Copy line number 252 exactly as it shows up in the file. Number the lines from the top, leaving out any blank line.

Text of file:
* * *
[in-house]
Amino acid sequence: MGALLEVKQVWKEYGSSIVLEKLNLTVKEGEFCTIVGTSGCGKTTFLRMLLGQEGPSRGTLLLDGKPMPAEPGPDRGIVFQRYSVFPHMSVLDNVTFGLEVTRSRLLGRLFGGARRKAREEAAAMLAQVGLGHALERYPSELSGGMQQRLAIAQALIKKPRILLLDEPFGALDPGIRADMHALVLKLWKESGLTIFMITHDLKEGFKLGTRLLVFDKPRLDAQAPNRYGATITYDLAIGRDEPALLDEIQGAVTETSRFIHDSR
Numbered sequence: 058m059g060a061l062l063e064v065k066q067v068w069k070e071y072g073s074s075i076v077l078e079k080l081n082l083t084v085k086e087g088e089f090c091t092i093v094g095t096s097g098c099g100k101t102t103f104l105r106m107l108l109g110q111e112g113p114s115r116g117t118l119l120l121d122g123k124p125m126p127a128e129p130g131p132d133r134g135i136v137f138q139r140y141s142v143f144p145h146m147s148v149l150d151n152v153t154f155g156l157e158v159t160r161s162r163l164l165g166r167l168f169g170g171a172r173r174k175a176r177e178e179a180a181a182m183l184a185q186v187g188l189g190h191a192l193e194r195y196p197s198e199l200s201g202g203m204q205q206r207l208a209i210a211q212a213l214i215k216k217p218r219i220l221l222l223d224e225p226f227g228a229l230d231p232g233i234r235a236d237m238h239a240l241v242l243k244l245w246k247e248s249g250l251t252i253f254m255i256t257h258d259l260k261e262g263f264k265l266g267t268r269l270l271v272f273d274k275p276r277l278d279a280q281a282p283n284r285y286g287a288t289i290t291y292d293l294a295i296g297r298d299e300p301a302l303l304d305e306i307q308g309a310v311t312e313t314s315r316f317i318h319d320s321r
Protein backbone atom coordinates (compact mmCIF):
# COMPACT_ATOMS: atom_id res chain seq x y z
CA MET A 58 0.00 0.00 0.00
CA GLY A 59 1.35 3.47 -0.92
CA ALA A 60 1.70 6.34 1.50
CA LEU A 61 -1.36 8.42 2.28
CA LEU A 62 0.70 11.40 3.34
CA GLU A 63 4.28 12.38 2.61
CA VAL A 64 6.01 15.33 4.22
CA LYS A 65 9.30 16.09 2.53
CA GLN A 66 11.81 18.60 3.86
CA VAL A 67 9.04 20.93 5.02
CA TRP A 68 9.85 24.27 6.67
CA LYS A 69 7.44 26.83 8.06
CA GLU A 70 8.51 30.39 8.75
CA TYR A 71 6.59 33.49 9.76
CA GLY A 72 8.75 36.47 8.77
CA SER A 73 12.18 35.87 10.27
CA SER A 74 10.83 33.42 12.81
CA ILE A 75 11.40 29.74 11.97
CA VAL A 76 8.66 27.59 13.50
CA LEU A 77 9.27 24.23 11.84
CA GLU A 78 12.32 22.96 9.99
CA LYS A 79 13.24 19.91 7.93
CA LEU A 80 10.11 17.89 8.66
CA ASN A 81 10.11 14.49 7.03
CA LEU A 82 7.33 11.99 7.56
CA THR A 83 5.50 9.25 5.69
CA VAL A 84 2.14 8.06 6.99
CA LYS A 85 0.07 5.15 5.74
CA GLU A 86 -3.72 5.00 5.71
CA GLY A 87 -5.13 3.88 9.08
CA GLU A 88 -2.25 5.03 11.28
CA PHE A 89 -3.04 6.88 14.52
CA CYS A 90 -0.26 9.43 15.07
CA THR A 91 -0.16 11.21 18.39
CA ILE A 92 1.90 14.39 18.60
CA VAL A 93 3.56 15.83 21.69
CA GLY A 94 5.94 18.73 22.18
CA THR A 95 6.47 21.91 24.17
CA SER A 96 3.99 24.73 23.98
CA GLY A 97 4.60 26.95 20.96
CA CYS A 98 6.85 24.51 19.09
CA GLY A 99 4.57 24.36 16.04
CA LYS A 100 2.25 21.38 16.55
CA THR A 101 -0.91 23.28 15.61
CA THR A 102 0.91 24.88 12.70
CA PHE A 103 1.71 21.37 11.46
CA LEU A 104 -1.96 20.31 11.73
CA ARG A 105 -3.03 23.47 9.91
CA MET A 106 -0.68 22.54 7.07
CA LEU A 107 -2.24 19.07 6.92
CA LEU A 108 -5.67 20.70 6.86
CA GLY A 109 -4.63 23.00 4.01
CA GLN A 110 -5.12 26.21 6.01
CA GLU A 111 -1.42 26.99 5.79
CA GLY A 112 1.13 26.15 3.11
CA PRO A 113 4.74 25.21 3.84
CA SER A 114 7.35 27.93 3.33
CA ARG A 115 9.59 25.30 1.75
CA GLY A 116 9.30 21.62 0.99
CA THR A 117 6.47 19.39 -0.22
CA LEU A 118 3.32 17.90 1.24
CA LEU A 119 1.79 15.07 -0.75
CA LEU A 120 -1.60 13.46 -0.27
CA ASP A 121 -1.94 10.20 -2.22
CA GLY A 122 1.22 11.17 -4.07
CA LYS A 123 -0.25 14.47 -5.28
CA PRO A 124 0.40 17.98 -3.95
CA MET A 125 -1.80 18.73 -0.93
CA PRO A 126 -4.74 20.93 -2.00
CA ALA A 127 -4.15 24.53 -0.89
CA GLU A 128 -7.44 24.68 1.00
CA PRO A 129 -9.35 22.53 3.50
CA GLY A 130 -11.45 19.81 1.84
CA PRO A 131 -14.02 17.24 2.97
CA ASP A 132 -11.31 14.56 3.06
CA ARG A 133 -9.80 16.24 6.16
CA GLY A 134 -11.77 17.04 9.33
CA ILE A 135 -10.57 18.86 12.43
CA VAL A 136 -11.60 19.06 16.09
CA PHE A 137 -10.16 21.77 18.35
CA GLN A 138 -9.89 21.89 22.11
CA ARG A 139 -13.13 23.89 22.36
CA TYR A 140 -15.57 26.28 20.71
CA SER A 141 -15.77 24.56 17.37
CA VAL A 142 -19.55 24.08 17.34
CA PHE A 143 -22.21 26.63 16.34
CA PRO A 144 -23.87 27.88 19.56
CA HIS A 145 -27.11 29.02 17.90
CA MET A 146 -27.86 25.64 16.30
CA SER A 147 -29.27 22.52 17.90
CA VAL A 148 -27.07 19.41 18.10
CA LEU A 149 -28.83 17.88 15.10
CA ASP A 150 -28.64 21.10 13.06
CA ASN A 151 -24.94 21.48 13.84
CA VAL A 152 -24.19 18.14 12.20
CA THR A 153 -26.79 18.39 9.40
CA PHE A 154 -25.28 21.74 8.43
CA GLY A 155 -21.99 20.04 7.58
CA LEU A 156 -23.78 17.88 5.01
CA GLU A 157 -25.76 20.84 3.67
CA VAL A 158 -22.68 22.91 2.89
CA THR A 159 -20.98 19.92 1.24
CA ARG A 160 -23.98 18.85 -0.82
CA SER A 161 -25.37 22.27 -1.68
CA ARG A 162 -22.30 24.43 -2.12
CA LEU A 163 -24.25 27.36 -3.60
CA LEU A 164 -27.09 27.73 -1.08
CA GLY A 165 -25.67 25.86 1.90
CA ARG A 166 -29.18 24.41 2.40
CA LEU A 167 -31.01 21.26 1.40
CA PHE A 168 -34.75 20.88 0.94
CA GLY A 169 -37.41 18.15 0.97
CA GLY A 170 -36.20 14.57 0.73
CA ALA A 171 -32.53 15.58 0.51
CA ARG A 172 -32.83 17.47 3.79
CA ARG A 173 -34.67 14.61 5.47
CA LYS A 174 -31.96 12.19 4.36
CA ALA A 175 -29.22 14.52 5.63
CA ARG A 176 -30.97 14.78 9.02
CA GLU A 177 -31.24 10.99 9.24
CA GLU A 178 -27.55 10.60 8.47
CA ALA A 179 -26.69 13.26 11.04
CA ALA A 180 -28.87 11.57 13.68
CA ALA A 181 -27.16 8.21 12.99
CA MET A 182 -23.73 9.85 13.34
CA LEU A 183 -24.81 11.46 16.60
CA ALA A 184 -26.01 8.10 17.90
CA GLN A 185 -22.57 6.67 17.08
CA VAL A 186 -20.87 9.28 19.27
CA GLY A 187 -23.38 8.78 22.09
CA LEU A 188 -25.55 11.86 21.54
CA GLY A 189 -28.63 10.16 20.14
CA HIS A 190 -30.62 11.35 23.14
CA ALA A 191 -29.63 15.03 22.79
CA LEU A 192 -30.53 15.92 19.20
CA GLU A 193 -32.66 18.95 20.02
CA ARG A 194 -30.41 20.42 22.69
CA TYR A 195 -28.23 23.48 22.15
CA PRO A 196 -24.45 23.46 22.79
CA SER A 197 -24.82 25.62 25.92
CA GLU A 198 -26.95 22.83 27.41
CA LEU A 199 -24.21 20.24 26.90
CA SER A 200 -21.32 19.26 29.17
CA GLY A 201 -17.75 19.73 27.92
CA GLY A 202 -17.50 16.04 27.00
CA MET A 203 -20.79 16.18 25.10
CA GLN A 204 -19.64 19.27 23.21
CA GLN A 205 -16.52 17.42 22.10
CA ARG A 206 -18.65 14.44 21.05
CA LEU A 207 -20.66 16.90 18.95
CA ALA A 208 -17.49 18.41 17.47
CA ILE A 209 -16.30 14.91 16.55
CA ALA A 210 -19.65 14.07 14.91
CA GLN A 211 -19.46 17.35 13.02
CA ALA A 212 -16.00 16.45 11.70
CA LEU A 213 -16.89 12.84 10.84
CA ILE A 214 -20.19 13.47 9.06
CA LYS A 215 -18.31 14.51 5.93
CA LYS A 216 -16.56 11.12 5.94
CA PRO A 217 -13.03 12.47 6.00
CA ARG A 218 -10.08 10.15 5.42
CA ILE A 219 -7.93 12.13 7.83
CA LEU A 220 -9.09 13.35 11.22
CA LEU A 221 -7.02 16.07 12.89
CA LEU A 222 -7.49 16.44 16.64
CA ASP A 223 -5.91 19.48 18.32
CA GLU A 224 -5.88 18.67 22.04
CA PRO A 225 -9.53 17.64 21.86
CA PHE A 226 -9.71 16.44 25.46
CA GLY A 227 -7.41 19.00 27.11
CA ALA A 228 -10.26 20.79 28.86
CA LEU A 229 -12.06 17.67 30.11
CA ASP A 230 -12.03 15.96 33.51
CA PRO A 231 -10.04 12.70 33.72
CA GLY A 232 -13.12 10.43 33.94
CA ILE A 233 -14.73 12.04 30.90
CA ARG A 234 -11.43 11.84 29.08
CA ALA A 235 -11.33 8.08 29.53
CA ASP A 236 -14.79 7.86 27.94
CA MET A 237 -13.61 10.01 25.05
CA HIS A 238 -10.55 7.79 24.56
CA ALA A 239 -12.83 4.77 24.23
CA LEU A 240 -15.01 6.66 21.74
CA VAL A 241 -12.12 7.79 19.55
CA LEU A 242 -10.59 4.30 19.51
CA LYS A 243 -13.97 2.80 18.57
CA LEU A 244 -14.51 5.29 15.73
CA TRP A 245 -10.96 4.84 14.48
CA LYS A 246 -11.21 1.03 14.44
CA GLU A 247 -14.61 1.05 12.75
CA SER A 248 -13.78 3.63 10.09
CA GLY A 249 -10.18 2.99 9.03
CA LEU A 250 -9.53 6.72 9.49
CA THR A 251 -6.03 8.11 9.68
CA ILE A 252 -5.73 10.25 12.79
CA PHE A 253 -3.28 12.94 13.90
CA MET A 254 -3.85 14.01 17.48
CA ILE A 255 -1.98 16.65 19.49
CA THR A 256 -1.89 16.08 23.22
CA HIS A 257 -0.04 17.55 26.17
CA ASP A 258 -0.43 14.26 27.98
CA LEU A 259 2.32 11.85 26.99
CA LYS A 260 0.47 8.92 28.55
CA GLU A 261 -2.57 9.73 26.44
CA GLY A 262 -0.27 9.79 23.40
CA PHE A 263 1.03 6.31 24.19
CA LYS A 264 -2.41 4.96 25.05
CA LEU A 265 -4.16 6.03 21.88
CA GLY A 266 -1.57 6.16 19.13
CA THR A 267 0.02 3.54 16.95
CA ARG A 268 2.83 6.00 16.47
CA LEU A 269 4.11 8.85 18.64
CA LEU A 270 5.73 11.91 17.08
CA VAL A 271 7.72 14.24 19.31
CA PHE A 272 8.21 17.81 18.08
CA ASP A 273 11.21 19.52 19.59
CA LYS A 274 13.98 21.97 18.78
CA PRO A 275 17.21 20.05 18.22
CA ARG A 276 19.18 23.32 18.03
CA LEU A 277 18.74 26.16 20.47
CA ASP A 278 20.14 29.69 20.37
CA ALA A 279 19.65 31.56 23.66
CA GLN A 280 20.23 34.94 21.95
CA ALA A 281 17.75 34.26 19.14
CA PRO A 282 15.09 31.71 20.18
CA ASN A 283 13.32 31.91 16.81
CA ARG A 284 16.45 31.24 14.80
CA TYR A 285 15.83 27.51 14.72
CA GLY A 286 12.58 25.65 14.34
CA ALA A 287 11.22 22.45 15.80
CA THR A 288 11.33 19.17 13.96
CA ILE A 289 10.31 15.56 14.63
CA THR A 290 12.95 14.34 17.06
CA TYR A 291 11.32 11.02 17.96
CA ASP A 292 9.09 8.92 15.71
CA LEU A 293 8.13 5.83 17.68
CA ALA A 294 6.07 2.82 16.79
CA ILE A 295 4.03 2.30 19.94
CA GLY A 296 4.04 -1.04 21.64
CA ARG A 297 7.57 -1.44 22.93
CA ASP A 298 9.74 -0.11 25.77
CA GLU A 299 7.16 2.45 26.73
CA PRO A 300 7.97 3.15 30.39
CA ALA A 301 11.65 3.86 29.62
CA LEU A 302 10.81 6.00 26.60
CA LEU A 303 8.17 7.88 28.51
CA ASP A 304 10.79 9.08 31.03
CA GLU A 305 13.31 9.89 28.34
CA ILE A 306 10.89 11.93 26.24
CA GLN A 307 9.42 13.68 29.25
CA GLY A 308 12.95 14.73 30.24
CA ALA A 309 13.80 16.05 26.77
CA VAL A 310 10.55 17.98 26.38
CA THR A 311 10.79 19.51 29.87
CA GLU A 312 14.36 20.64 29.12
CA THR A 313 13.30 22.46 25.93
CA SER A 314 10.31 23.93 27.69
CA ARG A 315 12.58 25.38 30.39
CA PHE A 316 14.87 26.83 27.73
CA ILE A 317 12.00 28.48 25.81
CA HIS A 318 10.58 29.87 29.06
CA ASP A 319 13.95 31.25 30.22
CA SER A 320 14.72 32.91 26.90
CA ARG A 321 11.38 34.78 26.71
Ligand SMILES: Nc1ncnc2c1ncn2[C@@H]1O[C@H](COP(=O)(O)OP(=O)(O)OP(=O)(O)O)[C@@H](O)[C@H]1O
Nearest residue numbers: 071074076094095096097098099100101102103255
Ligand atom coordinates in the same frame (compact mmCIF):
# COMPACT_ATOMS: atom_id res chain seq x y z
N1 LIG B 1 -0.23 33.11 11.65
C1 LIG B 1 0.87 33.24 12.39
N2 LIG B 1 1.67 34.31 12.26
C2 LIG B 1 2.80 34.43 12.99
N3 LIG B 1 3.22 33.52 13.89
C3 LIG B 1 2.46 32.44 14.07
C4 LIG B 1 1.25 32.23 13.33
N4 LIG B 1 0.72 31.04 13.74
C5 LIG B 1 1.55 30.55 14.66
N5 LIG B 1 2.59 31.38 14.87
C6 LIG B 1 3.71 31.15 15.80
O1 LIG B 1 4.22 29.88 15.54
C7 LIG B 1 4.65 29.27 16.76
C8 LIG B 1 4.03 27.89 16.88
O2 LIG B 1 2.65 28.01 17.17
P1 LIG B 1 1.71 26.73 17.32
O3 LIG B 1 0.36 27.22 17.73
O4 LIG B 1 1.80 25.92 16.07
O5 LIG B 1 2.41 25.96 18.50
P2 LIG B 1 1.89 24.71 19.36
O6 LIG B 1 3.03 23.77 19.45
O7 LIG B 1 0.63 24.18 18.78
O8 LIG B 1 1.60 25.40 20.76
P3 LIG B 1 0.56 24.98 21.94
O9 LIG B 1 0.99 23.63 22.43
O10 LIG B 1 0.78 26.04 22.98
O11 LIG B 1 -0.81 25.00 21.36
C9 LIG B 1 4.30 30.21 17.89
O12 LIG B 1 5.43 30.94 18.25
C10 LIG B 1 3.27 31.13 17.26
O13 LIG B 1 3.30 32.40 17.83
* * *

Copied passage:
CA ASP A 304 10.79 9.08 31.03